Fighting for a forgotten cause in West Papua | Globalization | DW | 10.04.2013

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Fighting for a forgotten cause in West Papua

West Papua's 50-year struggle for independence from Indonesia is one of the world's longest-running conflicts. Exiled activist Benny Wenda is trying to draw attention to it, this time with a peaceful message.

Wearing his Papuan patterned shirt, Benny Wenda cuts an unmistakable figure on the streets of Melbourne, Australia. He's currently halfway through his latest global tour, trying to raise awareness for the issue of West Papua.

There is both a sense of peaceful resilience and some exasperation when he explains what the situation is like for West Papuans.

"Every single day you cannot go hunting or gardening, everywhere you go there is a military post, everywhere," he says. "Everywhere you go, intelligence is watching and intelligence monitor what you do."

West Papua is situated on the island of New Guinea, just north of Australia. Formerly a Dutch colony, the region was effectively transferred to Indonesian administration in 1962 under a treaty drafted by the United States. In a controversial 1969 vote, Indonesia was given full control. Since then, conflict has been ongoing between the militant Free Papua Movement organization and Indonesian troops.

A map of West Papua, also showing, Australia, Indonesia and Papua New Guinea

West Papua is situated on the island of New Guinea at the eastern end of Indonesia

Standing up for a cause

Wenda was born in the Baliem Valley in the central highlands of West Papua in 1975. He says he was forced to witness human rights violations committed by Indonesian forces from a young age.

"My aunt was raped in front of my own eyes," he says. "My mum was beaten up in front of me. I was five years old. I couldn't do anything. I just cried."

When the Indonesian military bombed Benny's village in the late 1970s, his family, along with thousands of other highlanders, was forced to live in hiding in the jungle.

It was these experiences that fuelled his passion to search for the truth and to try to free his people from this oppression.

"That's when I stood up and said, 'This is not fair,'" Wenda explains. "I went to school, I studied and I started to fight back to free my people."

Wenda became a leader of his tribal assembly in 1999, during a period known as the "Papuan Spring," which saw an increase in peaceful demonstrations for independence.

Not long afterwards he landed in prison, arrested for supposedly planning an attack on a police station and burning two shops during rioting in 2000. He says his imprisonment was politically motivated and that the trial was unjust. The non-governmental organization Fair Trials International supports his claims.

While in jail he composed a song for his supporters. One of the lines of the song goes, "How can I help my people now that I am locked up?"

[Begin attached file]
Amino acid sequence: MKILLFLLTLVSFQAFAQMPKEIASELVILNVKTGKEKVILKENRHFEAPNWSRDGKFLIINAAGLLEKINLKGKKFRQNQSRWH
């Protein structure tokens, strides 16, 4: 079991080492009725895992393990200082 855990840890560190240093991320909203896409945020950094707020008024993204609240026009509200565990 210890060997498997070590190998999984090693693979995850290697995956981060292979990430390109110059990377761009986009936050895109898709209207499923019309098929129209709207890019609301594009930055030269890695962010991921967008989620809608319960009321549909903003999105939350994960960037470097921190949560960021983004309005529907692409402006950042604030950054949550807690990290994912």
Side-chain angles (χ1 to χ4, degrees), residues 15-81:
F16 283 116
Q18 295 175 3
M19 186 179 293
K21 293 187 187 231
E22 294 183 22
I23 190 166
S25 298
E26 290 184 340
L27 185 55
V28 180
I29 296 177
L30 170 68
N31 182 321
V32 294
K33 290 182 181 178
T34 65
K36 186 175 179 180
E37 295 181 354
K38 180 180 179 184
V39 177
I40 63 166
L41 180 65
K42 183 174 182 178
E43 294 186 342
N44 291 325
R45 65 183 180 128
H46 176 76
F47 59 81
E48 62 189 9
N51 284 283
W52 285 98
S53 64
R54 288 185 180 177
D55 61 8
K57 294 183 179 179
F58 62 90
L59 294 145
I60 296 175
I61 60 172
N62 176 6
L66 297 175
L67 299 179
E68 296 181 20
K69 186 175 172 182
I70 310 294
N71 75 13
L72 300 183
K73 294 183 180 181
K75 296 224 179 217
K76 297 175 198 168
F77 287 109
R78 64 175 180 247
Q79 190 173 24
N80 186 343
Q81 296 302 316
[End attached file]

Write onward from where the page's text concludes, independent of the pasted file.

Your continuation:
After months of solitary confinement, Wenda managed to escape. He fled to Papua New Guinea and was later assisted by a European NGO to travel to the UK, where he was granted political asylum.

Campaigning for change

In exile, Wenda set up the "Free West Papua" campaign, which seeks self-determination for West Papua and an end to human rights abuses, which he says are worsening. Twenty-two activists were killed last year alone, he adds.

A woman of the traditional, Dani tribe from Lembah Baliem stands by bead necklaces and traditional bags on October 10, 2009 in Wamena, West Papua, Indonesia. (Photo: Ulet Ifansasti)

A Dani tribeswoman from West Papua stands beside bead necklaces and traditional bags called "noken"

Some estimates say that as many as 500,000 Papuans have been killed since Indonesia took control, and human rights organizations continue to receive reports of rights violations committed by Indonesian forces.

"The human rights situation is getting worse, everyday," Wenda says. "West Papuans are dying on the street at the hands of police. By killing Papuans they get rank and they get promotions."

Much of the Indonesian and global interest in West Papua is based on its vast natural resources, exploited for gold, copper, oil and logging. This economic interest, coupled with the strategic relationships many countries have with Indonesia, appears to help keep the issue of West Papua out of the spotlight.

Spreading the word

Wenda is now pushing for greater access for the foreign media and human rights organizations when working in West Papua.

"For the last 50 years journalists have been banned," he says. "Why is Indonesia scared of allowing journalists in? Are they hiding something? If they promote democracy, then a democratic country should be able to allow in any journalist."

The Indonesian embassy in Australia declined DW's request for comment on Benny Wenda. Regarding media access to West Papua they said there was no ban on foreign media, adding that six journalists were allowed to visit in the last two years.

As a political leader in exile, Benny Wenda continues to receive information from leaders inside West Papua and he uses his international campaign to bring their message to politicians and communities around the world.

"My message is simple," he says. "My people have been crying for freedom for the last 50 years. The world needs to open their eyes and listen to my people's cry for freedom."

"I strongly believe that people power will change things, and one day my people will be free."

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